They say secrets are best kept hidden. But Aloguinsan's Bojo River is one southern secret I'd be most willing to spill.  :)

Our journey starts one Tuesday in February when the traffic gods decided to poop all over our lives by closing one lane of the old bridge. Classic. That was one good reason to flee the city. Good thing there was this pretty Camaro to brighten up our morning. (Hello there, sweet thang *wink,wink*) :)

Aloguinsan is a small southwestern town, about 59 km away from Cebu City.  It's a pretty long drive so, stock up on good music, food and water.

We decided to drive to Bojo River. Thank heavens for GPS. None of us have been there before, and I've never seen GPS in real life until this drive. What a strange talking map. Haha #ignoramus :)

 If you wish to commute though, here is one useful and informative guide I found.

We obviously haven't heard a lot about Aloguinsan, other than its famed "Hidden Beach". Admit it, when you go south, you think whale sharks, Moalboal beach parties or canyoneering. Not a secret river snaking its way to Tanon Strait. Aloguinsan's Bojo river is proving to be an exciting mystery.

After about 3 hours of driving through Cebu's beautiful hills, we finally arrive!

The Bojo River Nature Reserve is run by the Bojo Aloguinsan Ecotourism Association, or BAETAs. Their efforts in making the Bojo river a sustainable source of livelihood for the locals while maintaining its natural beauty has won numerous awards.

There's a short walk towards the reserve. It was peaceful and quiet, unlike most tourist traps we see all over Cebu.

At last, the river!

We were greeted by their friendly staff, who were all smiles and very accommodating. We got settled into a spot in their homey payag-inspired lounge/orientation area.

For walk-in guests like us, the fee was Php400 inclusive of the river cruise, life vests and use of their facilities. If you book beforehand, you can get lunch, a welcome lei and a welcome song on top of the cruise for only Php650 for a minimum of 5 people. They also have special packages and village tours. All of the proceeds go to the maintenance of the nature reserve and serve as extra income to the locals who operate as boatmen and guides. Here's a more detailed  list of fun eco-activities you can enjoy while in Bojo River.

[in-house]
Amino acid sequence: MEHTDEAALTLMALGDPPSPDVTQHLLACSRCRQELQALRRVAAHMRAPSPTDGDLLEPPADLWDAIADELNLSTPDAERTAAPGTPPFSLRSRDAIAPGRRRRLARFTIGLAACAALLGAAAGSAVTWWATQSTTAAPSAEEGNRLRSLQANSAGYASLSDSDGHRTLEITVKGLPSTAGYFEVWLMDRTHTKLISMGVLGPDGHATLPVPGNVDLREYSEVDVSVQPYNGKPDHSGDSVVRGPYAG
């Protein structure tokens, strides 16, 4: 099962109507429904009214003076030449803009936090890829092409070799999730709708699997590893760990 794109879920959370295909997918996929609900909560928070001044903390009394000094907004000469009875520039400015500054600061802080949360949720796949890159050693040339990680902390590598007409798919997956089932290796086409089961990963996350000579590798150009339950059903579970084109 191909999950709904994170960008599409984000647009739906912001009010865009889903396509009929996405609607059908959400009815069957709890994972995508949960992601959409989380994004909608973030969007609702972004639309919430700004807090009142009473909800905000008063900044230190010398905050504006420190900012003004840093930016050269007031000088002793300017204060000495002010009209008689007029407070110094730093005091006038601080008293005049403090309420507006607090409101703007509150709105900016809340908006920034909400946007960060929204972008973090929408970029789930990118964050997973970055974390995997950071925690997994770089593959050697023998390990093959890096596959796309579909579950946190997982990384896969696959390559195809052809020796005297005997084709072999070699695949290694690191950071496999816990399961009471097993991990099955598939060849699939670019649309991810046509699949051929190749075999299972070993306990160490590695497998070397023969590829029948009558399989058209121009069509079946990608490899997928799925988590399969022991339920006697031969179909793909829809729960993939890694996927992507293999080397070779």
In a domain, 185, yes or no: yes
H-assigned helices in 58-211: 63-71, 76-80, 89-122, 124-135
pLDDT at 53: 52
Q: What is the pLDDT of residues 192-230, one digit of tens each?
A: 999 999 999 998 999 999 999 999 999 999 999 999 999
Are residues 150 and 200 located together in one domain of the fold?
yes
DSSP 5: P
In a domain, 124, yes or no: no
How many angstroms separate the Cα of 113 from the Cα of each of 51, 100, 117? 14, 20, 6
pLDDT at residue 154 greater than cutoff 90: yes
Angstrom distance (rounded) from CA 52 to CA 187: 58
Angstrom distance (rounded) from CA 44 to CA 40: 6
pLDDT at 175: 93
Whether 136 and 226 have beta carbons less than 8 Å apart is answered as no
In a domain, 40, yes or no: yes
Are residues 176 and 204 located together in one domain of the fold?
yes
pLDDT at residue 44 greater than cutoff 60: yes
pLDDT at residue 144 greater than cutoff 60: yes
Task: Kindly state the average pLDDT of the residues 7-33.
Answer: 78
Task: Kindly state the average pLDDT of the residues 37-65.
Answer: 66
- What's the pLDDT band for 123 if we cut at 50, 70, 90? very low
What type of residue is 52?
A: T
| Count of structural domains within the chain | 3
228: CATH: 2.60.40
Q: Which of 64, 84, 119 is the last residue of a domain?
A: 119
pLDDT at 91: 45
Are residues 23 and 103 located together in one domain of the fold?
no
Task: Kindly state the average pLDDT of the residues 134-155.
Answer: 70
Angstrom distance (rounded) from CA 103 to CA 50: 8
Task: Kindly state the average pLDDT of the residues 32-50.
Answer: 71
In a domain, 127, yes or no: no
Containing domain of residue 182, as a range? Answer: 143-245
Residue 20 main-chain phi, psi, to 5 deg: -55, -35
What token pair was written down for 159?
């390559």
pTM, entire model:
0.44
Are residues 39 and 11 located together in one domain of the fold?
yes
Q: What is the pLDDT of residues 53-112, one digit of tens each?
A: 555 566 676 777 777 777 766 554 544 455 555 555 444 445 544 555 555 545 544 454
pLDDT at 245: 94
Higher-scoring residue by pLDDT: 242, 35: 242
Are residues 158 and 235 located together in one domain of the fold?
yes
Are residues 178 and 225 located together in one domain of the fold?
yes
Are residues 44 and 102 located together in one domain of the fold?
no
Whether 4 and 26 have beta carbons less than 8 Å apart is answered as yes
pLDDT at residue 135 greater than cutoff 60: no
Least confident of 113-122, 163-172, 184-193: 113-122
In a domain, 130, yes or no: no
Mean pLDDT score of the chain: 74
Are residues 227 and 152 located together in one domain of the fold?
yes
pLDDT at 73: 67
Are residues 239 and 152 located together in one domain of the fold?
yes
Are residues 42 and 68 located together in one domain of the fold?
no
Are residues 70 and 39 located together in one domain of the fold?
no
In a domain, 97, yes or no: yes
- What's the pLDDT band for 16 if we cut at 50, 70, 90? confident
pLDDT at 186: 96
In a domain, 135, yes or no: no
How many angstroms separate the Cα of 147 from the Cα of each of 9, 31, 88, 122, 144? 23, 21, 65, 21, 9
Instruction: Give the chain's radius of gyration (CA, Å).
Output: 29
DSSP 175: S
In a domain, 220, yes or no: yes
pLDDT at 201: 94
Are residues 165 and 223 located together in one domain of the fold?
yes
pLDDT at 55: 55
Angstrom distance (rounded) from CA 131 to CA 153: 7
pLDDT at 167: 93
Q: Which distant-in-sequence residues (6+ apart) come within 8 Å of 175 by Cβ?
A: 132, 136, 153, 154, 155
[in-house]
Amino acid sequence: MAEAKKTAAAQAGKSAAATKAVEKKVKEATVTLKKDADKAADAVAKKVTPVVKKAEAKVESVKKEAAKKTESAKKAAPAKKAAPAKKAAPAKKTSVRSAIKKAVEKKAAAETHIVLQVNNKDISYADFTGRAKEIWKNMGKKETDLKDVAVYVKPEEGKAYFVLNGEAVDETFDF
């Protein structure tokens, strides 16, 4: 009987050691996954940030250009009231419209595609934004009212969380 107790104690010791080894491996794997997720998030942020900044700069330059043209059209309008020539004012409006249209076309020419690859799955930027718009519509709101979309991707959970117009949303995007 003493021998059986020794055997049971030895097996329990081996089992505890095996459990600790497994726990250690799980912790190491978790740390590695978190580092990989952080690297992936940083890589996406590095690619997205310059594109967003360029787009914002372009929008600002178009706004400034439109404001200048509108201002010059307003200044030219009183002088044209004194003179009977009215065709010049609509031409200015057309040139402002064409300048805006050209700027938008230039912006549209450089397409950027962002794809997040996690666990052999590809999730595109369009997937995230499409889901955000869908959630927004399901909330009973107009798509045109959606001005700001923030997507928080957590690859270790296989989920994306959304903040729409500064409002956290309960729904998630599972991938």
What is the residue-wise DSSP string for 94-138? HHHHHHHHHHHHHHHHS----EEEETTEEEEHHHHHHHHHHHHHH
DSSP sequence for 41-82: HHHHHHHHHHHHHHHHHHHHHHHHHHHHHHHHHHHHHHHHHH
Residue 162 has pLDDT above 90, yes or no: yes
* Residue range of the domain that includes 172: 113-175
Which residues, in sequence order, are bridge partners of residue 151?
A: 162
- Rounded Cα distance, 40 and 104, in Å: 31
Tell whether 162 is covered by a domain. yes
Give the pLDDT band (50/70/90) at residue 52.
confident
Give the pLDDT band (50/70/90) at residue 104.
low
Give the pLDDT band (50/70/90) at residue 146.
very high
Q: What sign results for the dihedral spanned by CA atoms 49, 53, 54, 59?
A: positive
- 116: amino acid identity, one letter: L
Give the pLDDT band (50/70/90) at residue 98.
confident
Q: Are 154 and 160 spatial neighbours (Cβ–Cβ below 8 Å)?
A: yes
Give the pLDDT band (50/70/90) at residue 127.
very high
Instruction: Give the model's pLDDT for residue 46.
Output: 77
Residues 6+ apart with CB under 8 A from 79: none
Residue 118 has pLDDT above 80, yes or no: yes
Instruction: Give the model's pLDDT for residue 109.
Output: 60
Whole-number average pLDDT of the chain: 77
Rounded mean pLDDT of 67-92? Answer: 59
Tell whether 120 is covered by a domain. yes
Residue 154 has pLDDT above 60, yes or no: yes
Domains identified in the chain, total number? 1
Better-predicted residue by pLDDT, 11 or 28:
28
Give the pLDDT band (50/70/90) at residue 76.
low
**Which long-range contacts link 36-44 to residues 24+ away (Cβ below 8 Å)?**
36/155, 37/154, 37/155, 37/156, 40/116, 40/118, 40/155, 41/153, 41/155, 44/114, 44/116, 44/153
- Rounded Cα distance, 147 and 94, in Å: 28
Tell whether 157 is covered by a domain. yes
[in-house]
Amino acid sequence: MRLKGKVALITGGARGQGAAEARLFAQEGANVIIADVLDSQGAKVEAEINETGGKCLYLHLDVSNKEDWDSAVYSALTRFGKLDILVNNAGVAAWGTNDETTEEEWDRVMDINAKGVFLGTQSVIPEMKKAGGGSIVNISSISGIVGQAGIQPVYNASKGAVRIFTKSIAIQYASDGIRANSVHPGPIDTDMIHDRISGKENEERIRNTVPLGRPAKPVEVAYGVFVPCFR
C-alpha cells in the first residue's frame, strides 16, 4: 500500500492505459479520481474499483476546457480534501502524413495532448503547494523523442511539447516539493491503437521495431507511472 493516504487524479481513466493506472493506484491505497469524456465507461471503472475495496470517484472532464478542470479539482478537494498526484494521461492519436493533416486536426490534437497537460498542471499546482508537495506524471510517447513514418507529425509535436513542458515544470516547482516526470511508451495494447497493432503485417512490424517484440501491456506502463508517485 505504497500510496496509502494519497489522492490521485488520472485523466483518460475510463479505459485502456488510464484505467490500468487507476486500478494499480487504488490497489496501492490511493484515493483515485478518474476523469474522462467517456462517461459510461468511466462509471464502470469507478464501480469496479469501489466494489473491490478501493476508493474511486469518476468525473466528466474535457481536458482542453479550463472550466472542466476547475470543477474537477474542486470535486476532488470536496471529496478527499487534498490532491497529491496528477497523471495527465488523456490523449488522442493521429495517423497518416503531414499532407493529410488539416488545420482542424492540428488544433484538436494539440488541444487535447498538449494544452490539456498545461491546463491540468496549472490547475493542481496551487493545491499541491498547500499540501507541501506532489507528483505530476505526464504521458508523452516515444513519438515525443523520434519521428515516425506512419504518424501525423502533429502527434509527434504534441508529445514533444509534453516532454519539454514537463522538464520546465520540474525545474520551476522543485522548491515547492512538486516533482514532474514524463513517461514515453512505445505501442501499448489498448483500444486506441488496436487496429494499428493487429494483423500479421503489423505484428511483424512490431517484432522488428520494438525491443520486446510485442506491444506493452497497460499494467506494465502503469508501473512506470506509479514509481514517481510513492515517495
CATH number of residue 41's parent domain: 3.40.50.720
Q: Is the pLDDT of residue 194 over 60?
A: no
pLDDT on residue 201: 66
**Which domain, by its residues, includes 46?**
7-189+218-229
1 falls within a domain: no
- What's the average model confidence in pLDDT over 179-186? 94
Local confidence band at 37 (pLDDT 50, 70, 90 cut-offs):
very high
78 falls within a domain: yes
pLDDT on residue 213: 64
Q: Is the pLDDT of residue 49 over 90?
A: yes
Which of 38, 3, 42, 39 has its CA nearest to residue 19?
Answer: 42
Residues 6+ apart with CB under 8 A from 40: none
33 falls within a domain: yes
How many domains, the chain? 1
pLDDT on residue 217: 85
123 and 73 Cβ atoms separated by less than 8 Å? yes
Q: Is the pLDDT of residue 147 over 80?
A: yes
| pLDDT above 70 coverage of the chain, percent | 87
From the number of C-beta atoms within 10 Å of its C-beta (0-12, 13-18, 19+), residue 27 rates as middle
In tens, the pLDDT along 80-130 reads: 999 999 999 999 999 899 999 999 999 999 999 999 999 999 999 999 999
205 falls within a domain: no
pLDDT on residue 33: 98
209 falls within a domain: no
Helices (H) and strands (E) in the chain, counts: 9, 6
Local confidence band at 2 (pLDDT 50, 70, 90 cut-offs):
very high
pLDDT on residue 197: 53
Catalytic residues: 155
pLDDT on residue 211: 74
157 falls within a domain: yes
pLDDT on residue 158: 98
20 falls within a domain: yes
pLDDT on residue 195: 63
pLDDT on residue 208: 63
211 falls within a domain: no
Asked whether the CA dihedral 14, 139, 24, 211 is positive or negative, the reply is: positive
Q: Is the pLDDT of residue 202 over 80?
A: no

After settling in and a brief orientation, we were ready to roll! What's cool is they even have umbrellas that you can bring with you to fend off the heat.
Ready na ka, Shar?

Meet our boatman-guide, Chuy Kuya Boatman-Guide. Yeah, I forgot his name. :'( If you, by any chance, know this amazing dude, please drop me a message. He's the best.

We were so giddy when we climbed in!

Here's the winning edge about this cruise: the guides know their stuff.

 Kuya shared that there are certain qualifications to be a river guide. They actually have to pass a moving exam to be qualified. They have to be knowledgeable about the flora and fauna of the area, historical facts about Bojo---all of them part of their ecotourism advocacy, which is awesome. There truly is an effort to keep the locals informed about the environment. With this information, they know what they are protecting and how their share impacts the ecosystem as a whole. Isn't that just amazeballs. One big kudos to BAETAs!

 All throughout the tour, Kuya pointed out plant and mangrove species using their scientific name, just like how your biology teacher would. What did I tell you. He's awesome.

Bojo is a Spanish word for "river ceiling"; not to be confused with the Cebuano boho which means a hole. The river is an inlet opening out to Tanon strait. This served as a passageway for trading a long time ago. Kuya said that this was where fishermen sought refuge during bad weather. The other boatman said this was also a path they took when they wanted to go Negros to party (mamayle). Haha!

Kuya was also so proud to say that the waters of Bojo are clean and unspoiled. He described it as brackish, which is the result of fresh and sea water combining. The Bojo River opens up to the Tanon Strait aka one of the most awesome biodiverse bodies of water in the Philippines.